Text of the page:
“Florida is a leader in addressing water quality issues and wastewater infrastructure, including converting septic systems to sewage treatment,” said Kellie Ralston, BTT’s vice president for conservation and public policy. “The results of this study indicate that there are additional opportunities for improvement by retrofitting existing wastewater treatment plants with innovative technologies, like ozone treatment, to remove pharmaceuticals and requiring such technology on new wastewater facilities.”
Also known as red drum and channel bass, redfish are one of Florida’s most popular inshore gamefish and the state’s most widespread estuarine fish. They prefer living in the shallows—particularly in bays, oyster reefs and coves around seagrass and other vegetation—and inhabit coastal waters along the Atlantic Ocean and Gulf of Mexico. While the commercial harvest and sale of redfish is prohibited in Alabama, Florida, Louisiana and Texas, redfish are mild-tasting and delicious. Nutritious and rich in omega-3 fatty acids, the smaller specimens are especially good eating and not as tough as larger fish when cooked.
Monte Burke, New York Times best-selling author and contributing editor at The Virginia Sportsman, is a tarpon-obsessed fly angler. His latest book, “Lords of the Fly: Madness, Obsession, and the Hunt for the World-Record Tarpon” (Pegasus, 278 pages, $26.95), has received critical acclaim, and its first two printings sold out in the first month. Burke is a contributing editor at other publications and has written about the noticeable decline of the species in Florida Bay and the Keys.
“I believe it’s extremely important to back research efforts by the Bonefish & Tarpon Trust and protect all species of fish,” said Burke, who has referred to BTT as ‘the little conservation engine that could’ in his writing. “This study is an eye-opener, and I hope people will back efforts to upgrade wastewater treatment facilities with advanced technologies as this study suggests. We owe it to these fish.”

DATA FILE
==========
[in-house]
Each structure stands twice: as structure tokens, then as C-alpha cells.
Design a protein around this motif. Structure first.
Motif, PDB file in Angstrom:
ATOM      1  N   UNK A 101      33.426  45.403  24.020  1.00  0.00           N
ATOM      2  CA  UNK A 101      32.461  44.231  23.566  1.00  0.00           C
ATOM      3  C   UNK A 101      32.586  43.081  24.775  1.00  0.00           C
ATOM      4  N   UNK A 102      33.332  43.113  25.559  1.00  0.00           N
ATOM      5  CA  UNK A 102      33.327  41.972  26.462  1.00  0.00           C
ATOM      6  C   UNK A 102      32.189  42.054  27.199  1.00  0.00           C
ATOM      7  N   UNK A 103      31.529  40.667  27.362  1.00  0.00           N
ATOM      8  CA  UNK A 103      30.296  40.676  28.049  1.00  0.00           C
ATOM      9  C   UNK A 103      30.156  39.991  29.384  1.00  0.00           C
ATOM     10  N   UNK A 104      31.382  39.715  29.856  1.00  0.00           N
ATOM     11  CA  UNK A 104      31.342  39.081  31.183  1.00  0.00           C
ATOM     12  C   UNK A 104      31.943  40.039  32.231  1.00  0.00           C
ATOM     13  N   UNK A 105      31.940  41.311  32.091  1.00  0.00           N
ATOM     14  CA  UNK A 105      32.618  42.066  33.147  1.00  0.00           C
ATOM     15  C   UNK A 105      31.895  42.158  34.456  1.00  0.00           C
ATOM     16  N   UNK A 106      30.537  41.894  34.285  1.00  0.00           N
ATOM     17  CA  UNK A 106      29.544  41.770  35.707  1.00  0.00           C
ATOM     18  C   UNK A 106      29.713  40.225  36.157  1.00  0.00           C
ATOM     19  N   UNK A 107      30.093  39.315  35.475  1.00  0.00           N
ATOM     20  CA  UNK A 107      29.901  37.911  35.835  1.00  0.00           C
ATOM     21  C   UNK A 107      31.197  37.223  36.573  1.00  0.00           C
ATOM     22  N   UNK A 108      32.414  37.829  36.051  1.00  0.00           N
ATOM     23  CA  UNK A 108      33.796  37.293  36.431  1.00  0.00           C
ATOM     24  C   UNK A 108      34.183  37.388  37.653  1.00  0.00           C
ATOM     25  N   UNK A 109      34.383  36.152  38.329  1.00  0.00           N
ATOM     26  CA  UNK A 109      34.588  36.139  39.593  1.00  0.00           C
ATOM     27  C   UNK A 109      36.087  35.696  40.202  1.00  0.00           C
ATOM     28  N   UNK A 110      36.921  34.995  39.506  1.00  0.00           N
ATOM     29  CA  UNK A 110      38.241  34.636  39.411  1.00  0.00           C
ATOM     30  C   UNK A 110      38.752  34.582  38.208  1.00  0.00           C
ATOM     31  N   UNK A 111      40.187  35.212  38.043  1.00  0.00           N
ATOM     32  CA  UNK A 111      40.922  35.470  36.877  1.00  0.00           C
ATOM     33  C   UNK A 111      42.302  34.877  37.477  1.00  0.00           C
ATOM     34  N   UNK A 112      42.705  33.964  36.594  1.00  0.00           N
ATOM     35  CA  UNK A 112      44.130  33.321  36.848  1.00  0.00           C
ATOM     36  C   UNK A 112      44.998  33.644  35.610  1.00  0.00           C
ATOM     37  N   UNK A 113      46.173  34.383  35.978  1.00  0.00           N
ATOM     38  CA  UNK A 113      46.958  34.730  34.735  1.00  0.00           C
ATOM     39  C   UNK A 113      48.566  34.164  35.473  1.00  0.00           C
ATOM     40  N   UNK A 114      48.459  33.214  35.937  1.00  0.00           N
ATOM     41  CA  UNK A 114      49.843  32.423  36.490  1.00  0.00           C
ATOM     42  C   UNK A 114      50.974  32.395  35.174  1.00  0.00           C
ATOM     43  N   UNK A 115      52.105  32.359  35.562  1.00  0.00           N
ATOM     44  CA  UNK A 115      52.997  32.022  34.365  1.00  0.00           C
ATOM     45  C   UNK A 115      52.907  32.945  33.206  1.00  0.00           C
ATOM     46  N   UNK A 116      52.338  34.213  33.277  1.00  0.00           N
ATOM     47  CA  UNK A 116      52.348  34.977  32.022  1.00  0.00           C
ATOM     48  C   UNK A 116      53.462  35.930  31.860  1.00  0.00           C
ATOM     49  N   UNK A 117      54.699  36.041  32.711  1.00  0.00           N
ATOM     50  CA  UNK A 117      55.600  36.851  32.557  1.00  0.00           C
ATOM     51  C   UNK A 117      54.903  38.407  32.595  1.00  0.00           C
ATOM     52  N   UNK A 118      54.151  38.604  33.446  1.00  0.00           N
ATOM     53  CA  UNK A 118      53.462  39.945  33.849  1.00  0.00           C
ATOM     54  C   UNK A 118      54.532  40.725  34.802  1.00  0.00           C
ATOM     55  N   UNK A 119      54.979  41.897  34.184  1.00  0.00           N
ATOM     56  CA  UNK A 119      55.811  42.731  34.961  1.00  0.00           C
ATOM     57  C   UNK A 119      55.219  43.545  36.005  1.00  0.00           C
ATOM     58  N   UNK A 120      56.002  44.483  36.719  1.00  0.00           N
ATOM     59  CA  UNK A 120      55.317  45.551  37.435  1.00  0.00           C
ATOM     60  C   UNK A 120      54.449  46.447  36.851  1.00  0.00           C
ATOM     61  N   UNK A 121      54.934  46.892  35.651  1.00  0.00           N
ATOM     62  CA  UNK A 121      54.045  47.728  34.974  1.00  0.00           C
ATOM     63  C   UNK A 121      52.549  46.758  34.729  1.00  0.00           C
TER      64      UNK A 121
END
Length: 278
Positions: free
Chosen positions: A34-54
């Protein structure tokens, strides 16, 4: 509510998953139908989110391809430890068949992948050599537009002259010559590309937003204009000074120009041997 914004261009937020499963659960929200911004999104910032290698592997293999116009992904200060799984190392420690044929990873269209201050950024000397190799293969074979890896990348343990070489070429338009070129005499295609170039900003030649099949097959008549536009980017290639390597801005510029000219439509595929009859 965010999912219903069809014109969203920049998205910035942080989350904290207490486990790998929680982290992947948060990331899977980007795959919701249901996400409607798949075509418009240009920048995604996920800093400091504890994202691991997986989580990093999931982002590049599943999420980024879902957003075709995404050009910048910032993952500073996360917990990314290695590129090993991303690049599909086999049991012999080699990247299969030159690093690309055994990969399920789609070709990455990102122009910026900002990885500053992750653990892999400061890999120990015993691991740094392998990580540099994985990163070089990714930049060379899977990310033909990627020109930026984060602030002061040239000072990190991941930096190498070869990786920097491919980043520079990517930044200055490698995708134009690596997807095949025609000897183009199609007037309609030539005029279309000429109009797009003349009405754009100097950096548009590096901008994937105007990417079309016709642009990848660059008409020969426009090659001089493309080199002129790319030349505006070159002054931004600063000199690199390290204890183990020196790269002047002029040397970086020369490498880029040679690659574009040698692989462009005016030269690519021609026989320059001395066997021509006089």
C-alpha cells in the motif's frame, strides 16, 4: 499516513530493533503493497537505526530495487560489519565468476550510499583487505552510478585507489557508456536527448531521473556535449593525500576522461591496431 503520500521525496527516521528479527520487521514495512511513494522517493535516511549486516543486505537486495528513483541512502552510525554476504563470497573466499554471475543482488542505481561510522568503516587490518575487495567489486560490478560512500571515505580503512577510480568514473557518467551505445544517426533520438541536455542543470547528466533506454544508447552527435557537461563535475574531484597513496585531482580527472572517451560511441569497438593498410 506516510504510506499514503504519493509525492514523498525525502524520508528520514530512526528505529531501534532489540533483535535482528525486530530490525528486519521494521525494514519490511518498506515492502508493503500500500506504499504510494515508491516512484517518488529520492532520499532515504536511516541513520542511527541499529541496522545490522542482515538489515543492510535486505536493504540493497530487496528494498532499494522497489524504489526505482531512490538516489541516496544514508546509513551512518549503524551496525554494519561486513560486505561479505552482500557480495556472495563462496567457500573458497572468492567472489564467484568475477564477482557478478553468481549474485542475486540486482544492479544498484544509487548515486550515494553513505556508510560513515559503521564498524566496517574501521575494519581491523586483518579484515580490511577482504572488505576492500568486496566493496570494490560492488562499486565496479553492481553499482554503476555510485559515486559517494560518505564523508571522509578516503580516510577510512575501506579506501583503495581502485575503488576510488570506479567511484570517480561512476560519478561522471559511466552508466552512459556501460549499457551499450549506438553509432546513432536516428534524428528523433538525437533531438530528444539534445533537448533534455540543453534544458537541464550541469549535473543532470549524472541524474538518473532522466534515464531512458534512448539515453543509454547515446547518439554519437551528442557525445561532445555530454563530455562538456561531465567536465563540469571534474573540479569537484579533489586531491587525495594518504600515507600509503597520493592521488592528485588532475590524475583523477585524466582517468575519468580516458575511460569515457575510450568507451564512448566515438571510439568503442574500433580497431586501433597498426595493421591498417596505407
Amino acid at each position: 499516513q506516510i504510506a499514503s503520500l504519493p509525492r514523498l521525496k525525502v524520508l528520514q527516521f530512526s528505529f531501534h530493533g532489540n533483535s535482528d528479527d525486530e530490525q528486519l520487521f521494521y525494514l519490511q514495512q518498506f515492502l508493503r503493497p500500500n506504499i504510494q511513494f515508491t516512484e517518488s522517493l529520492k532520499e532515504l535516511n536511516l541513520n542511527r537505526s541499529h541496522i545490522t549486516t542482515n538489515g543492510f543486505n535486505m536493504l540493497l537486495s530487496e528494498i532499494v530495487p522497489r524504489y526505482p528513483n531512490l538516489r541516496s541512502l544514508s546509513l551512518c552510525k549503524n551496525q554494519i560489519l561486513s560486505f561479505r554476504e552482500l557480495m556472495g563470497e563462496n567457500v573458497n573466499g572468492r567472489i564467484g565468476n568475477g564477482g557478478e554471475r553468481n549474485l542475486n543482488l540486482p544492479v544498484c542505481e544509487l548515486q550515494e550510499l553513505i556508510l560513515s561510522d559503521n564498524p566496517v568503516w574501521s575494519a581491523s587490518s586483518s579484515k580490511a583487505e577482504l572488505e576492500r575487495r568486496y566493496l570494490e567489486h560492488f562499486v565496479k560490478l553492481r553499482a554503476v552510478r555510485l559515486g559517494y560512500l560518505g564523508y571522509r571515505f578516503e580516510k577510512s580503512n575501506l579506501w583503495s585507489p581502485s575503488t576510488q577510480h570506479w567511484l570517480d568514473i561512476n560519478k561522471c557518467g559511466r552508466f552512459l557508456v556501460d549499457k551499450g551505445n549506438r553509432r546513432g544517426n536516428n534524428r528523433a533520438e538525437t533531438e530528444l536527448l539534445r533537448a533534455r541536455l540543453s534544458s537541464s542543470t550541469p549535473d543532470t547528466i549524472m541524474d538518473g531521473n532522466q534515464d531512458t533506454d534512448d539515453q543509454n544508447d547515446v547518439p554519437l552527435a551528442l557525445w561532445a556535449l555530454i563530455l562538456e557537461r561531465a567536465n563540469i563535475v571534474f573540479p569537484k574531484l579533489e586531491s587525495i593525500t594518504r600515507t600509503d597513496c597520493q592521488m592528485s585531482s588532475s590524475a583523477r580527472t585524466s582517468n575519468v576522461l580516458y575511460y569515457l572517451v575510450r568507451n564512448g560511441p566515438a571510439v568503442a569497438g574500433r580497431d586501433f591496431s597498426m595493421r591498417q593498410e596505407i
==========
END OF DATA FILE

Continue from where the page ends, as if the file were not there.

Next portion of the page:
Once hooked, redfish put up one hell of a fight. I’ve caught a few on fly and have always admired their distinct appearance. Redfish are copper-bronze in color, fading to a lighter-color belly, and have a distinctive black spot near the tail. The marking acts as a defensive means to fool predators into attacking their backside so they can quickly escape.
Sadly, there is no escape from pharmaceutical contamination. It’s up to us to get these fish off drugs.
Learn more and help BTT ensure clean water and healthy fisheries at BTT.org.
Joe Shields is the editor in chief of The Virginia Sportsman. He is a writer and communications executive based in Charlottesville, Va. His writing and photography have appeared in The Virginia Sportsman and other publications. He is also an award-winning, gallery-represented artist whose work is found in private collections and galleries. Whether fly fishing or surfing, drawing or painting, he celebrates sporting life and culture in his narratives and art.
(Left) Redfish are a prized game fish that put up one hell of a fight, especially on fly, as Editor-at-Large Eric Kallen can tell you. Photo Courtesy of the Eleven Experience
(Above) Researcher Andy Distrubell, Lab Manager at FIU Coastal Fisheries Research Lab, samples a redfish for the study. Photo Courtesy of Florida International University (FIU)